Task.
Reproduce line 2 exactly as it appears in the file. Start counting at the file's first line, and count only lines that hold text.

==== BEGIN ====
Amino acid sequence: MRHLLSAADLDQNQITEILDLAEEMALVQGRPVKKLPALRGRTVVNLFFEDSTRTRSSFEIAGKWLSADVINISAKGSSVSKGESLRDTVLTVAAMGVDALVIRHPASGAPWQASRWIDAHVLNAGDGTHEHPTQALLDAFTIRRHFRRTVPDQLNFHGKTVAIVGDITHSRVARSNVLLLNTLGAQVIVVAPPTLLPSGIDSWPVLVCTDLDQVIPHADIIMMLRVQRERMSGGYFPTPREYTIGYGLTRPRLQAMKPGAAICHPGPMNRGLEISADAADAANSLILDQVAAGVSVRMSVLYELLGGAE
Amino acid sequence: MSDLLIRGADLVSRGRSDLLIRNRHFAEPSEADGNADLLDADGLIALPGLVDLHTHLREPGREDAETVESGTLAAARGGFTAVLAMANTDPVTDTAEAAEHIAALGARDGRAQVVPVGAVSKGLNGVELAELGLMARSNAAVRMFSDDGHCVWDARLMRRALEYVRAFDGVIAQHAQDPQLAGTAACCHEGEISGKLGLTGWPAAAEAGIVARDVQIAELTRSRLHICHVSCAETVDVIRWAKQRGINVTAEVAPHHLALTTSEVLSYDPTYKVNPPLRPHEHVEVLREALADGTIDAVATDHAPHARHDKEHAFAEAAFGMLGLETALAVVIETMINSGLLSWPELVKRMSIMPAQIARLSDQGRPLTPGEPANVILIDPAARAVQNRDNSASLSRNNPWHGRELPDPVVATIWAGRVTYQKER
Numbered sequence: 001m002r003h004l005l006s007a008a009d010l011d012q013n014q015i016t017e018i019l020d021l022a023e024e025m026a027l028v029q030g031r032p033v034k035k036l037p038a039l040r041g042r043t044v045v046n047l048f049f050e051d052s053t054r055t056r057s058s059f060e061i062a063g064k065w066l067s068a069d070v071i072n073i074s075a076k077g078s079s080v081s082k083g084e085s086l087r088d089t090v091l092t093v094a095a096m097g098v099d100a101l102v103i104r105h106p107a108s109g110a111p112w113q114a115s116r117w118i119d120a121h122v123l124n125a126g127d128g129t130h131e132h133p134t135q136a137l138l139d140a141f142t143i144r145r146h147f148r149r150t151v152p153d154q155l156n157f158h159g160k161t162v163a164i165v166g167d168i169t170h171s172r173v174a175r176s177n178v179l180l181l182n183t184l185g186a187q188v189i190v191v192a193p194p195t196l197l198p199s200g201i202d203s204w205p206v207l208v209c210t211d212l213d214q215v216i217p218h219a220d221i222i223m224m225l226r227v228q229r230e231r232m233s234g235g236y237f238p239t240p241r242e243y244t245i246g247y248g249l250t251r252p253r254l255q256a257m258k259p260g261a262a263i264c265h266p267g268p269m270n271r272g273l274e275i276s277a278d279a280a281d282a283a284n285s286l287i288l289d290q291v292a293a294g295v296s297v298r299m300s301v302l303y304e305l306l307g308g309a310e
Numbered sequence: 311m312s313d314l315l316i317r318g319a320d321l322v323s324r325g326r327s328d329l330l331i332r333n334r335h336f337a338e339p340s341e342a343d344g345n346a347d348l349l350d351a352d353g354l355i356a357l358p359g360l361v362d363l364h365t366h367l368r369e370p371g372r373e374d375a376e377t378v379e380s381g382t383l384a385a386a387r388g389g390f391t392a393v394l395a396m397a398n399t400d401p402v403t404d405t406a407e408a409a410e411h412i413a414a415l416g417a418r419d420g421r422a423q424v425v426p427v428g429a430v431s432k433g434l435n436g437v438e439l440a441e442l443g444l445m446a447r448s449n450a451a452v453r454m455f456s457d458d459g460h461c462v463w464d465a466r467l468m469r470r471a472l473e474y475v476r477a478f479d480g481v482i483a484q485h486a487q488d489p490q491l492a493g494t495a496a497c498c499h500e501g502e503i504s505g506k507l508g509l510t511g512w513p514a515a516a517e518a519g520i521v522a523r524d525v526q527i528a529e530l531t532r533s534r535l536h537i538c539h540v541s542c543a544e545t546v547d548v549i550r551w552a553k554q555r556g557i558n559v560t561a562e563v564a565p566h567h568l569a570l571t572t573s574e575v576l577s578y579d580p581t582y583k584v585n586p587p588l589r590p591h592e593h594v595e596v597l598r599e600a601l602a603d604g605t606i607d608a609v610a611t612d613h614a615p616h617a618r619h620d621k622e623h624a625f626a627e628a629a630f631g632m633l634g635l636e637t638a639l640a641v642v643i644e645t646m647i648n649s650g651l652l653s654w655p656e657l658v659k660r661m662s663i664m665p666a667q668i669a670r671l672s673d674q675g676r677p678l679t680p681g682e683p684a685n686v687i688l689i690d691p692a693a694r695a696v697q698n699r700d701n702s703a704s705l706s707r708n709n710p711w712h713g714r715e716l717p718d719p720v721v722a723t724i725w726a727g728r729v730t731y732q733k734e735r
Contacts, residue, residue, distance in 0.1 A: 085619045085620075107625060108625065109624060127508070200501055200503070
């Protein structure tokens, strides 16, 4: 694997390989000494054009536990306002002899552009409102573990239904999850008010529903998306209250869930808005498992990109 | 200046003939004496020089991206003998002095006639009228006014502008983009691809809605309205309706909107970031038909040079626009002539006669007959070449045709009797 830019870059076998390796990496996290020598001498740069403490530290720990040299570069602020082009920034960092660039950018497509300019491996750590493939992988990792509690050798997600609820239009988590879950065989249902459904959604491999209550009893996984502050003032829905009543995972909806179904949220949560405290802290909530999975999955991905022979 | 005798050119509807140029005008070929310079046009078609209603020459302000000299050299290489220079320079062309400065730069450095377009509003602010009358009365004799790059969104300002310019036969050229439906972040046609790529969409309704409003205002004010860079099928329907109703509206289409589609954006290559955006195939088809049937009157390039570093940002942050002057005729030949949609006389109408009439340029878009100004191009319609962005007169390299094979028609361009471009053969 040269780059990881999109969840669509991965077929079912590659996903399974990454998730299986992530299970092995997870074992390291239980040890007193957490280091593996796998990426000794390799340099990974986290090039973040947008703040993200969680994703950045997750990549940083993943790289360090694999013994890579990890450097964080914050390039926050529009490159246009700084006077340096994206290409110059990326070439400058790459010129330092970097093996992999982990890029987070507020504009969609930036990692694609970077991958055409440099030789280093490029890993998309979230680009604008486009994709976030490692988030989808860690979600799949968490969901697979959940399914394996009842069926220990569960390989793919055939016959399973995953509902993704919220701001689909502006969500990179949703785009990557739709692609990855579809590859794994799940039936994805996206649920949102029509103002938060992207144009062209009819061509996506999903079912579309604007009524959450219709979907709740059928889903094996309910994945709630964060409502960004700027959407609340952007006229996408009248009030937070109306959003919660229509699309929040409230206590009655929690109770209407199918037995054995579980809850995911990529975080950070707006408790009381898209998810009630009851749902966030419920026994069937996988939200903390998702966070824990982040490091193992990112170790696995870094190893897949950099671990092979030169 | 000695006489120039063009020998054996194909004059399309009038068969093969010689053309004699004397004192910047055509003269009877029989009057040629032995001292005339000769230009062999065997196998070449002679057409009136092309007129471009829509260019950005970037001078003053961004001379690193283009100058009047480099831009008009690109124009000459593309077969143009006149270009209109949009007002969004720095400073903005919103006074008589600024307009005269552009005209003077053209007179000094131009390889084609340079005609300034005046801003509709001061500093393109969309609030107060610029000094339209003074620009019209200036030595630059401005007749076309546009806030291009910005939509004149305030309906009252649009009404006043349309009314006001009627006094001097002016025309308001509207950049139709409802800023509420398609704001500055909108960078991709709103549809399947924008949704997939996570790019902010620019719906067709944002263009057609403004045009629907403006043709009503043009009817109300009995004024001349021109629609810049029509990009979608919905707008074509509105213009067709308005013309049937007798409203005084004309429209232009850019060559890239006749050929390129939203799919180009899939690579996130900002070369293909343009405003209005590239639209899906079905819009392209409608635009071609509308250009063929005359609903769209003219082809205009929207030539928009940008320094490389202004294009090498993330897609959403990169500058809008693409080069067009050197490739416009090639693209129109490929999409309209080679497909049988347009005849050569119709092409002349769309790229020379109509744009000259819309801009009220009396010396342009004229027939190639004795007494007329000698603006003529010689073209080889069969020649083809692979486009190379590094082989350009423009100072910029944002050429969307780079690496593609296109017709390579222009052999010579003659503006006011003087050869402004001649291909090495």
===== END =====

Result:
Amino acid sequence: MSDLLIRGADLVSRGRSDLLIRNRHFAEPSEADGNADLLDADGLIALPGLVDLHTHLREPGREDAETVESGTLAAARGGFTAVLAMANTDPVTDTAEAAEHIAALGARDGRAQVVPVGAVSKGLNGVELAELGLMARSNAAVRMFSDDGHCVWDARLMRRALEYVRAFDGVIAQHAQDPQLAGTAACCHEGEISGKLGLTGWPAAAEAGIVARDVQIAELTRSRLHICHVSCAETVDVIRWAKQRGINVTAEVAPHHLALTTSEVLSYDPTYKVNPPLRPHEHVEVLREALADGTIDAVATDHAPHARHDKEHAFAEAAFGMLGLETALAVVIETMINSGLLSWPELVKRMSIMPAQIARLSDQGRPLTPGEPANVILIDPAARAVQNRDNSASLSRNNPWHGRELPDPVVATIWAGRVTYQKER